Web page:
Optics Valley Team Photo

2022 Governor’s Celebration of Innovation: Steven Zylstra, and Karla Morales with a representative from Sylvan Source, our 2022 Innovator of the Year Small Company

Steven Zylstra, Michael Patterson, Saida Florexil and Aakriti Gupta of Imanyco, 2022 Innovator of the Year Startup Company and Sandra Watson, President & CEO, Arizona Commerce Authority Winter 2024 > > > BizTucson 75


Power Players Arizona Technology Council’s Members Are Tops in Industry, Training By Tara Kirkpatrick Members of the Arizona Technology Council are perhaps the greatest ambassadors of its success as the premier trade association advancing technology synergy across the state. From The University of Arizona and Pima Community College to kingpin companies such as Raytheon and Caterpillar with a strong regional presence, these members trust the council for events and pro-technology advocacy that offer connection and collaboration, foster relationships to propel the technology industry forward and catalyze innovation for global impact. “At Tech Parks Arizona, we recognize the immense value of being a member of the Arizona Tech Council,” said Carol Stewart, VP of UArizona’s Tech Parks 76 BizTucson < < < Winter 2024

Arizona. “Through the council, we join forces with like-minded innovators and technology-focused business leaders, creating a robust tech ecosystem that has elevated Arizona to a preferred global innovation hub. Ian Roark, PCC’s vice chancellor of workforce development and innovation, said of the council: “Part of our mission is to meet the workforce development needs of business and industry here. It’s just a great organization for connecting with lots of companies at one time. It helps us get better connected to employers we may not otherwise have the opportunity to work with.” A look at some of the members of the Arizona Technology Council:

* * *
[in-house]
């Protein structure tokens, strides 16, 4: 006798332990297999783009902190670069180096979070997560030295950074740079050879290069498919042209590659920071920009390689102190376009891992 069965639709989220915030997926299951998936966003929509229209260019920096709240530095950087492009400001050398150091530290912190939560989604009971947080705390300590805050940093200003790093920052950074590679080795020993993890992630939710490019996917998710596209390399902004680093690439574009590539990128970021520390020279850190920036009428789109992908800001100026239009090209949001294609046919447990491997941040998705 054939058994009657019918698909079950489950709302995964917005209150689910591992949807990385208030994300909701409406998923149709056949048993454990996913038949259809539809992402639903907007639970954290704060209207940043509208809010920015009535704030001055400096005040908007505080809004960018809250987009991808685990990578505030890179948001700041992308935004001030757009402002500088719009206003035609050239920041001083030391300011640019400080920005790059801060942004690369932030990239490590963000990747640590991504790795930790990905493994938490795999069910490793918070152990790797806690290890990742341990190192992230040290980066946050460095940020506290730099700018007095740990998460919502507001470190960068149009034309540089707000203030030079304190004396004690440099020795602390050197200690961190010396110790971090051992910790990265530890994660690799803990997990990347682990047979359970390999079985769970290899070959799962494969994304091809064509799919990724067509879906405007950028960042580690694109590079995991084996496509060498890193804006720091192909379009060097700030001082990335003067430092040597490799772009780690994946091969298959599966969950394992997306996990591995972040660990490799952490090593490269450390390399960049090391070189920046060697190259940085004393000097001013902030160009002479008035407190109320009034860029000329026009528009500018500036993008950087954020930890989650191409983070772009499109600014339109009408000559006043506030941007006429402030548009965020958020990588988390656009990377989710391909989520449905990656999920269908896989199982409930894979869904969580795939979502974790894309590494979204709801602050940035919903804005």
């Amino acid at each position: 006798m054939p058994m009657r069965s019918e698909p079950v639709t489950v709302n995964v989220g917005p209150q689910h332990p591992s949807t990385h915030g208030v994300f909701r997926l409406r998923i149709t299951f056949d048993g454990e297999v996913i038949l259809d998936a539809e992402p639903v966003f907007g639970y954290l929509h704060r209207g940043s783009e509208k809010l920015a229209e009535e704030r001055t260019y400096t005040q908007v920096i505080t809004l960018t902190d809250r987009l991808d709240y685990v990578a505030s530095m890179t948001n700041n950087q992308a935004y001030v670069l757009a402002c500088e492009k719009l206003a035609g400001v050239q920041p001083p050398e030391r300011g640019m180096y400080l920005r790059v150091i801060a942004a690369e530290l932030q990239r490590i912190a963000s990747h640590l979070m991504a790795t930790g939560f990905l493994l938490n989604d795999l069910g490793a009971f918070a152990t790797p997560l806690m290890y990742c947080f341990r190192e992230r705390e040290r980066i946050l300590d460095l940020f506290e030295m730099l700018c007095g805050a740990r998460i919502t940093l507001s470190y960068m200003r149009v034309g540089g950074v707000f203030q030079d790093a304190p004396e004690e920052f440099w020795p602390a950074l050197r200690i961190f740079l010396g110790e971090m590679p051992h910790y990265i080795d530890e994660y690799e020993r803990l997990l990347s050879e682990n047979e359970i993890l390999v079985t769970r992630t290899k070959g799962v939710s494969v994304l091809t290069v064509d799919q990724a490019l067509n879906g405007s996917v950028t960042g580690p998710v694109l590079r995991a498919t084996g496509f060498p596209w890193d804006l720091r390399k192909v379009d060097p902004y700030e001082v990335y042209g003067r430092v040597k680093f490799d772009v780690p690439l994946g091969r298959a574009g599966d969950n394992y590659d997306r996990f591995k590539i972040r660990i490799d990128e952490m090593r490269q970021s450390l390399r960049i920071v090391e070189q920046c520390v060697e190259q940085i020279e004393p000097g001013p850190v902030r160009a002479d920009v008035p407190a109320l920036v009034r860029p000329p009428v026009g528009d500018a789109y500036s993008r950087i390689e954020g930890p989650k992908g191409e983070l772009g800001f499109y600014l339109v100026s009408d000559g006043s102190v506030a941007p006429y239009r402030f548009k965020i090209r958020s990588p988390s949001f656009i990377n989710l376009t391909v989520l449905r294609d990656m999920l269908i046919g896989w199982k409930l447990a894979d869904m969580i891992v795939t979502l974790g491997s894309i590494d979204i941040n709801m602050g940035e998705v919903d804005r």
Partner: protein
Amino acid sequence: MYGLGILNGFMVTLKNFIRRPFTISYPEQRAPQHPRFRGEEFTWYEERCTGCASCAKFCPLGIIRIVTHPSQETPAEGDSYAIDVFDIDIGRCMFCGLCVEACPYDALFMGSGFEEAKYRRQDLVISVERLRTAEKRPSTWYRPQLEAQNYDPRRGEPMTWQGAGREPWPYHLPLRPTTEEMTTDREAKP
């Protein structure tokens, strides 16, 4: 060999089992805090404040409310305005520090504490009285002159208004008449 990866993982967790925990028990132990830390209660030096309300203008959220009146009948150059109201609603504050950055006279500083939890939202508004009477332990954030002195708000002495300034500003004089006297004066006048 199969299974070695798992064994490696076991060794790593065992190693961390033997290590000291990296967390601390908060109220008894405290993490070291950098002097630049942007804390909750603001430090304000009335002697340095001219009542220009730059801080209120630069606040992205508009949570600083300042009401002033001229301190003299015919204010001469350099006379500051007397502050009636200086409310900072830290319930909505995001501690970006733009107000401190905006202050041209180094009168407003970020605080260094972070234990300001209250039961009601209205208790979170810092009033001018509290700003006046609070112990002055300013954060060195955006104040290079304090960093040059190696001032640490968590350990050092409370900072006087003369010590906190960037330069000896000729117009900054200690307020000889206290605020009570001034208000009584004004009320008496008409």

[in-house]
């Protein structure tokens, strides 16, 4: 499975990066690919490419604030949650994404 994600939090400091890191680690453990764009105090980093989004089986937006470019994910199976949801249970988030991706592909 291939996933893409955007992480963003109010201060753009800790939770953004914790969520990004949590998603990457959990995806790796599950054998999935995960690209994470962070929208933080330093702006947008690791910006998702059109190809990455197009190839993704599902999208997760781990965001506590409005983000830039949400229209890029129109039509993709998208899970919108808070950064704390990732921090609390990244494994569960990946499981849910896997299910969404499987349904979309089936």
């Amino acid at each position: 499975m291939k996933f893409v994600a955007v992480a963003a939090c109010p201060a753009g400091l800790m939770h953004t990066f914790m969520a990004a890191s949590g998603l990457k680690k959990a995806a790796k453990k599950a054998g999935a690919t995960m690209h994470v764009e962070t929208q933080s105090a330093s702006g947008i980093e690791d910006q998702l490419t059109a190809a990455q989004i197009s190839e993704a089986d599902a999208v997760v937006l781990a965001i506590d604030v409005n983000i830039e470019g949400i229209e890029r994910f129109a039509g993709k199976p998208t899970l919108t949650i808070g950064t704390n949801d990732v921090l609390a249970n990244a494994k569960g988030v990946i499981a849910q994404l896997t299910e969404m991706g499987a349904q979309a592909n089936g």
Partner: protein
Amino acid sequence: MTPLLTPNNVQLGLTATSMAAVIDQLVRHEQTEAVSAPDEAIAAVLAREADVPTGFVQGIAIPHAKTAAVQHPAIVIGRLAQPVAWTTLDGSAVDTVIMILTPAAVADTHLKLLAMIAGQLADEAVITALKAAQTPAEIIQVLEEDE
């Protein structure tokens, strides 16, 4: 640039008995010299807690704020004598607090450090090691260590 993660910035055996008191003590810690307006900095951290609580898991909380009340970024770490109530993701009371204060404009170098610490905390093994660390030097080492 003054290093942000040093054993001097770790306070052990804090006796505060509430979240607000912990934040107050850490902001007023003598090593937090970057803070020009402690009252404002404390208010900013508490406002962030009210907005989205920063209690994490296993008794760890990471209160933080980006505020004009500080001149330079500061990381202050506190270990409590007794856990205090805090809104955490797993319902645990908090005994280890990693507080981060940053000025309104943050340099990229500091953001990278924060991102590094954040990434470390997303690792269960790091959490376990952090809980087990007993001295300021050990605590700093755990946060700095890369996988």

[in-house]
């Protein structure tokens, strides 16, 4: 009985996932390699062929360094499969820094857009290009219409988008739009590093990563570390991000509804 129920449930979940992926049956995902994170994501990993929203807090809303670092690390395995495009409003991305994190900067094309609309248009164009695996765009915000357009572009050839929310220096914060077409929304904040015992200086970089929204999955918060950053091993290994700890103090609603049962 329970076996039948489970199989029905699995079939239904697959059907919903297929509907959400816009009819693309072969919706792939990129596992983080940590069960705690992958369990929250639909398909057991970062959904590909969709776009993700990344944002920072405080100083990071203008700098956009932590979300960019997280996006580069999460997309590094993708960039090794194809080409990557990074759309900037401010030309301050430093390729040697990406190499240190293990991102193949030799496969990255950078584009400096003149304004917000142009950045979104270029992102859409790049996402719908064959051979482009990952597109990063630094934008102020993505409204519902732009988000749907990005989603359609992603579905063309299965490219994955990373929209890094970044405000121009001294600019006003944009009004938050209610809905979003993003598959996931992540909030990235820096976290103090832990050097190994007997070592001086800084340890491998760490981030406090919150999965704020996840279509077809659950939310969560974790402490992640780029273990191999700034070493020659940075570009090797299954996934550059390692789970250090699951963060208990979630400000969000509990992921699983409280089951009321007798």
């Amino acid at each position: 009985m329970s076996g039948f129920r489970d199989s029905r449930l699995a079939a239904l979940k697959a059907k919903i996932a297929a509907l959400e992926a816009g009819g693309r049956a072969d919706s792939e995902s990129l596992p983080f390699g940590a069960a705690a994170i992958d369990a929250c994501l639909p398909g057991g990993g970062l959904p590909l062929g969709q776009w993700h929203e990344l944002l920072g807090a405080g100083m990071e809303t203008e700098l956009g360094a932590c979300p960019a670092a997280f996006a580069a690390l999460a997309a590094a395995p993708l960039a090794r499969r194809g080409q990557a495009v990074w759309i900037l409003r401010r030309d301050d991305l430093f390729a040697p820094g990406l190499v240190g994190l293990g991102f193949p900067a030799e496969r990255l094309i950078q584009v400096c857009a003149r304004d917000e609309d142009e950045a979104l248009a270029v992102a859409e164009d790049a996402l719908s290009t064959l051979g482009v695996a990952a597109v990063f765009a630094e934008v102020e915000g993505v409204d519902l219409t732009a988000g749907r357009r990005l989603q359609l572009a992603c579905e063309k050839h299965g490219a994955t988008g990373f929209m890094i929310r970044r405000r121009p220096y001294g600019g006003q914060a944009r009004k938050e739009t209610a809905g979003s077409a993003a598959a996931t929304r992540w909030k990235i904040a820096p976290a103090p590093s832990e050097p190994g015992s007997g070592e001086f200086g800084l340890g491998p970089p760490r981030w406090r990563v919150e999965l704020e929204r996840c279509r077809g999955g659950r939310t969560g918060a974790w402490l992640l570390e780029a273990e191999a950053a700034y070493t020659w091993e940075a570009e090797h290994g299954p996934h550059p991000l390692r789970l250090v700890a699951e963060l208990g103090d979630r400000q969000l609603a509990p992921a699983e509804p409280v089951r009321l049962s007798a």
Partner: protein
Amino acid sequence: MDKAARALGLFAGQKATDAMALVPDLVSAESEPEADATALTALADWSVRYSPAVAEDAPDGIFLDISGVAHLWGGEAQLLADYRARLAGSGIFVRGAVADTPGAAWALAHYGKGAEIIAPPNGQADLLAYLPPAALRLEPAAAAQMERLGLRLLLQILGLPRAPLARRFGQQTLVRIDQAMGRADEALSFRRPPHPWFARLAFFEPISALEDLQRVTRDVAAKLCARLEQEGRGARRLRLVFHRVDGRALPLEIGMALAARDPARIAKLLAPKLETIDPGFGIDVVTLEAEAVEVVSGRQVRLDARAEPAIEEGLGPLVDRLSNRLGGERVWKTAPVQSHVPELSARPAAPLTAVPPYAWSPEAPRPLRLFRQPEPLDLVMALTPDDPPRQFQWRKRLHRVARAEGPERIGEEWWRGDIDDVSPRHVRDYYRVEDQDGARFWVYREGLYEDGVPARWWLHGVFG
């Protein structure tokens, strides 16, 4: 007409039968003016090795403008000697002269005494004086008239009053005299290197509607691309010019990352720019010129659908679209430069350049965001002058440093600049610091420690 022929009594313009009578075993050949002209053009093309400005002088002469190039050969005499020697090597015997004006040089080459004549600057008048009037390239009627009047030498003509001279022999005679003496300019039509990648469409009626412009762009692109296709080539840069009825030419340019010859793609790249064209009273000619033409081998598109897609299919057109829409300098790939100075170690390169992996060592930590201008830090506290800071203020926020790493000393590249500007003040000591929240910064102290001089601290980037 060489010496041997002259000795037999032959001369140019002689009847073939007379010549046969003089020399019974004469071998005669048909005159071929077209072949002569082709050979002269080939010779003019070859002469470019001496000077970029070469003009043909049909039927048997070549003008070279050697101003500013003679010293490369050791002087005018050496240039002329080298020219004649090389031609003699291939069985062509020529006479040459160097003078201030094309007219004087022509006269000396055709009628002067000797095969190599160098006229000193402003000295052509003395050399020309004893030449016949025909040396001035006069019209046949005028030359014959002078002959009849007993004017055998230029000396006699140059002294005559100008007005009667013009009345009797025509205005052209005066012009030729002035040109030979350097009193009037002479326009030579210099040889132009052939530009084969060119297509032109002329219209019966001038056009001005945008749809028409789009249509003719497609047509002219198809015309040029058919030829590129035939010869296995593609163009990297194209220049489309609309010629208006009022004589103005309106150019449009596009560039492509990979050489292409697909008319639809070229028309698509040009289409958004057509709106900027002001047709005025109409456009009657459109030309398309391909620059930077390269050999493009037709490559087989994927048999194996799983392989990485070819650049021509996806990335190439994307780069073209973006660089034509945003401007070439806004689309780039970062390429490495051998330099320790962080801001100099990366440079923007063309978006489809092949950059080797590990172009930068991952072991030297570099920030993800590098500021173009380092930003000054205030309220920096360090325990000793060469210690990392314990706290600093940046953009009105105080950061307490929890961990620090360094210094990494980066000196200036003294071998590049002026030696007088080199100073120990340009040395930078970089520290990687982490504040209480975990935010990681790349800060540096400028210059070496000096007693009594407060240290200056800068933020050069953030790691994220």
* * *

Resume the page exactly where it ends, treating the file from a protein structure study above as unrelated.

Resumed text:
Caterpillar With sales and revenues of $59.4 billion (2022), Caterpillar Inc. is the world’s leading manufacturer of construction and mining equipment, off-highway diesel and natural gas engines, industrial gas turbines and diesel-electric locomotives. In 2016, the company chose Southern Arizona for its Surface, Mining & Technology Division headquarters, bringing an estimated $600 million impact and 600 new jobs to the region and strengthening its footprint here, which was already home to its 6,500-acre Tucson Proving Ground.

Edmund Optics A premier provider of optical and imaging components, Edmund Optics chose Tucson in 2021 for its Advanced Design and Assembly Facility–its second location in Arizona. Its state-ofthe-art facility covering more than 21,000 square feet supports advanced design efforts and high-volume manufacturing services, including cleanroom assembly and incoming inspection with numerous testing capabilities such as modulation transfer function, stray light, thermal cycle, shock and vibration. Edmund Optics CEO Robert Edmund said the move would “allow Edmund Optics to build a larger collaborative partnership with Arizona Optics Initiative and the Arizona Technology Council. It solidifies our commitment to Tucson and AZTC Optics Valley initiatives.”


Hexagon With its beautiful new hub in Downtown Tucson, Hexagon’s Mining Division employs 140 people. The company solves surface and underground challenges with proven technologies for planning, operations and safety. Hexagon Mining helps to connect all parts of a mine with technologies that make sense of data in real time. Earlier this year, this division received the EcoVadis gold sustainability rating, putting the global leader in mining technology for planning, operations and safety in the top third percentile of those assessed.

IBM IBM Tucson employs 2,000 people and develops all of IBM’s storage products. The facility includes employees from its Systems and Technology Group, Software Group, and Global Services. IBM Tucson is home to one of two IBM TotalStorage briefing centers in the Americas, and IBM is the managing operator for the site’s UA Tech Park.